The best example I have to demonstrate this scenario is that of my aunt, who is an extremely fit and active lady in her late 50s. She had a disc bulge in her lumbar spine around 17 years ago which was very painful and disabling at the time, but healed within the time frame that was expected. She returned to her exercise routine within months and regained her fitness. However she continued to have frequent acute flare ups of back pain in the ensuing years. These were often catastrophic and disabling, occasionally requiring an ambulance, but never with any nerve root involvement. They were what we would call mechanical back pain. Over the years the acute episodes became more frequent and about a year ago she called me to chat about it, extremely frustrated. I was initially a bit perplexed as to why this kept happening as her pragmatic, no nonsense approach to life did not put her into a yellow flag category. I was also aware that she was exercising regularly and to a high intensity in a program that included functional weightbearing exercises, cardio, swimming and walking. On further questioning I found out that she was opting out of many of the exercises that were prescribed for the class – anything that involved flexion or core activation. She also mentioned that she never ever bent (flexed) her back in any activities, always preferring to bend her knees and keep her back straight. As it turned out, following her initial injury she had been told never to use lumbar flexion for any movement – that she needed to bend from the knees at all times, use a lumbar roll for the car etc. She was also taught to brace her abdominal muscles when doing any activities such as rolling over or lifting objects. The advice to avoid flexion in that acute healing phase was probably helpful, and the bracing or core engagement advice was fast becoming popular for low back pain at the time. However…….. when it healed, she never went back to the initial therapist and therefore continued to think that flexion was taboo. She was still even using a long armed brush and shovel when cleaning up so that she didn’t have to bend to the floor! Therefore on examination, 17 years later, her range of motion of lumbar flexion was incredibly restricted and she had some serious overactivation of her abdominal muscles. It was no wonder she often set off these acute episodes by getting into the car or putting on her socks!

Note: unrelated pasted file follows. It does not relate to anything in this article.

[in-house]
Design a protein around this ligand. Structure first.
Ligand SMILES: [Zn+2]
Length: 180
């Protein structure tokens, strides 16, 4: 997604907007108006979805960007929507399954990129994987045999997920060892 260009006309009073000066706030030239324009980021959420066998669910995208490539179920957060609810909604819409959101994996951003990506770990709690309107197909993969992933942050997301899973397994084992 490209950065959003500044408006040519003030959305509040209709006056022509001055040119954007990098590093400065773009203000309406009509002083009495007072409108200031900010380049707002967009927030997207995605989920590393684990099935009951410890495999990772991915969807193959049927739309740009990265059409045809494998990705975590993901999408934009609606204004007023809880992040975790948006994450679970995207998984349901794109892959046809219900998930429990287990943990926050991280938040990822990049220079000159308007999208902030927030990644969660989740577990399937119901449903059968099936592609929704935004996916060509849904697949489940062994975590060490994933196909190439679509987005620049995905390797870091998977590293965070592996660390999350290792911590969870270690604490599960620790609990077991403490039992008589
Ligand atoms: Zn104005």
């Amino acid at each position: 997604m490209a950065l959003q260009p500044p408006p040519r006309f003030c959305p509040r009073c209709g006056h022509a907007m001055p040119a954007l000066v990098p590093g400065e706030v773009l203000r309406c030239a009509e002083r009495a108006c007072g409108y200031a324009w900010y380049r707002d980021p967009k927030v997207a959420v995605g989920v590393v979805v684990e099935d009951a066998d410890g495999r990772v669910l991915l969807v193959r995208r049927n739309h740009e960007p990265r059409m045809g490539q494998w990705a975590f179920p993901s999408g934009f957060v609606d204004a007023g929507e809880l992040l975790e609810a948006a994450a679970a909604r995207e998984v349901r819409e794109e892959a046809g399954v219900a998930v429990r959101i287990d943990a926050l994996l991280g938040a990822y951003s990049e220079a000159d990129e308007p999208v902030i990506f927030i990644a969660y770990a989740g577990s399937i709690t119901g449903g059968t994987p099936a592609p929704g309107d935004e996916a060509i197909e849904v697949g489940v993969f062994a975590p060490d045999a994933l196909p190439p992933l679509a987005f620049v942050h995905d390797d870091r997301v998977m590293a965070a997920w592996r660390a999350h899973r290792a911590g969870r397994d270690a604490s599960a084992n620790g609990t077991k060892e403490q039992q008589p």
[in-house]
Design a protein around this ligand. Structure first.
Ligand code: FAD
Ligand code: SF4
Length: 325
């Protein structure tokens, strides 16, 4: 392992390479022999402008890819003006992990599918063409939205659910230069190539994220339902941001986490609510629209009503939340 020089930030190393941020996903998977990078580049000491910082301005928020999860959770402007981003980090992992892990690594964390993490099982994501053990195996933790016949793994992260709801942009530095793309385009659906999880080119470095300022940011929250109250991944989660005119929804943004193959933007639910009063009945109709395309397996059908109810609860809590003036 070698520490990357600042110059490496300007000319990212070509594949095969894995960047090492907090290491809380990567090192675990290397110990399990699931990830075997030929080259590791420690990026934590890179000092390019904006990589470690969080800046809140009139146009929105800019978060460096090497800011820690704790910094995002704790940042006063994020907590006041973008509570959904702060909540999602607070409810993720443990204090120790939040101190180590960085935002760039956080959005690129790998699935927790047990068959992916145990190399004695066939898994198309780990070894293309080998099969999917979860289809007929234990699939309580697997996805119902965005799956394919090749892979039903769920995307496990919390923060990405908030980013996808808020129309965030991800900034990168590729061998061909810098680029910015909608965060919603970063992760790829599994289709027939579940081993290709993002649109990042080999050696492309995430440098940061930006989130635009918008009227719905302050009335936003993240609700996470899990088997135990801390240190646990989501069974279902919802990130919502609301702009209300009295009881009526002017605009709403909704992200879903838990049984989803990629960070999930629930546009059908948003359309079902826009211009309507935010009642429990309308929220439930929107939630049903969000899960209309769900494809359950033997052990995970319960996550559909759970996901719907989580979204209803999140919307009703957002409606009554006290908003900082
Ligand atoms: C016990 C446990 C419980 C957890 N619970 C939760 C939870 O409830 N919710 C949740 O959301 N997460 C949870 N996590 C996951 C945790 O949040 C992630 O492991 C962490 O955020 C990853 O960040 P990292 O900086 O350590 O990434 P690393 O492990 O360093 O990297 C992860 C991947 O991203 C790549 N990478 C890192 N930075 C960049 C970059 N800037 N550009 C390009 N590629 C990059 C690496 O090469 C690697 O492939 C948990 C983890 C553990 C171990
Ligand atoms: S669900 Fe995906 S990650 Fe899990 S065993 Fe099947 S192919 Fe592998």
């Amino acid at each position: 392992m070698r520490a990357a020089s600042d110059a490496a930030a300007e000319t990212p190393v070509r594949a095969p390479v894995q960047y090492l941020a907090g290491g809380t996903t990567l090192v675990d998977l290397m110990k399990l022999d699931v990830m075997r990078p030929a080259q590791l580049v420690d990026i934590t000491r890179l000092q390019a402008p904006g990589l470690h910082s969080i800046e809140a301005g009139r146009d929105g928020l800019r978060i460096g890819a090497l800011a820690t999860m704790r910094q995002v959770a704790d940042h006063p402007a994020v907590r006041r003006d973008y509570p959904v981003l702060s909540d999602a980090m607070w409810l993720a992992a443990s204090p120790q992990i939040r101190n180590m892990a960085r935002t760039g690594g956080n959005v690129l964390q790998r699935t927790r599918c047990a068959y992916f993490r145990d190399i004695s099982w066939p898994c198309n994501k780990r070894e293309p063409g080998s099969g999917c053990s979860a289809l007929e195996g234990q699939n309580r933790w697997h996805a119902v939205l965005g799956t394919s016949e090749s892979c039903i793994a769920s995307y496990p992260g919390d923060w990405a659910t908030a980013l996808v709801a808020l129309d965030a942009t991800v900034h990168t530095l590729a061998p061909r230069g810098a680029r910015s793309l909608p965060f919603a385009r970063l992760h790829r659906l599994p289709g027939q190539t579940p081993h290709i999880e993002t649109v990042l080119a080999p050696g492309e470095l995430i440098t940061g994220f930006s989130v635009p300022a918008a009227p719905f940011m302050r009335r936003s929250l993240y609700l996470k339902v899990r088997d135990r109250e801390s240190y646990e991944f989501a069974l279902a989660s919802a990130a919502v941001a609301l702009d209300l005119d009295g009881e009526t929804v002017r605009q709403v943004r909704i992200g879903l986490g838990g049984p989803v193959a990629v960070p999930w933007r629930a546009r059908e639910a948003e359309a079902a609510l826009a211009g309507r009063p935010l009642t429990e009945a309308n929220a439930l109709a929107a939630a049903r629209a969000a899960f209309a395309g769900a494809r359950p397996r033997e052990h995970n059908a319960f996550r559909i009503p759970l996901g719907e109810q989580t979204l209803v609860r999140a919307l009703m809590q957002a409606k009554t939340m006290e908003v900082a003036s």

We spent some time on education about the spine and reassuring her that her disc injury had well and truly healed and that flexion was a normal movement for the spine. I suggested that she start doing some gentle flexion stretches for the lumbar spine and lower limbs and she was diligent with these, often doing 20 minutes of stretching, five times a week. I also suggested that she start trying some of the exercises she had been avoiding by starting within a smaller range, beginning with small numbers and working up from there. We went through this process about a year ago and she hasn’t had an acute episode since. When we recently chatted about it she said “when you told me it was healed, you gave me permission to do stuff again. It completely change my thinking about myself and I was suddenly confident about trying things again”.
The patient’s understanding of their condition plays a massive role in the progression of that condition. Getting it right from the start is so important, but it is never too late to dig deeper into their understanding and make some improvements. Then, you will find things will fall into place much easier.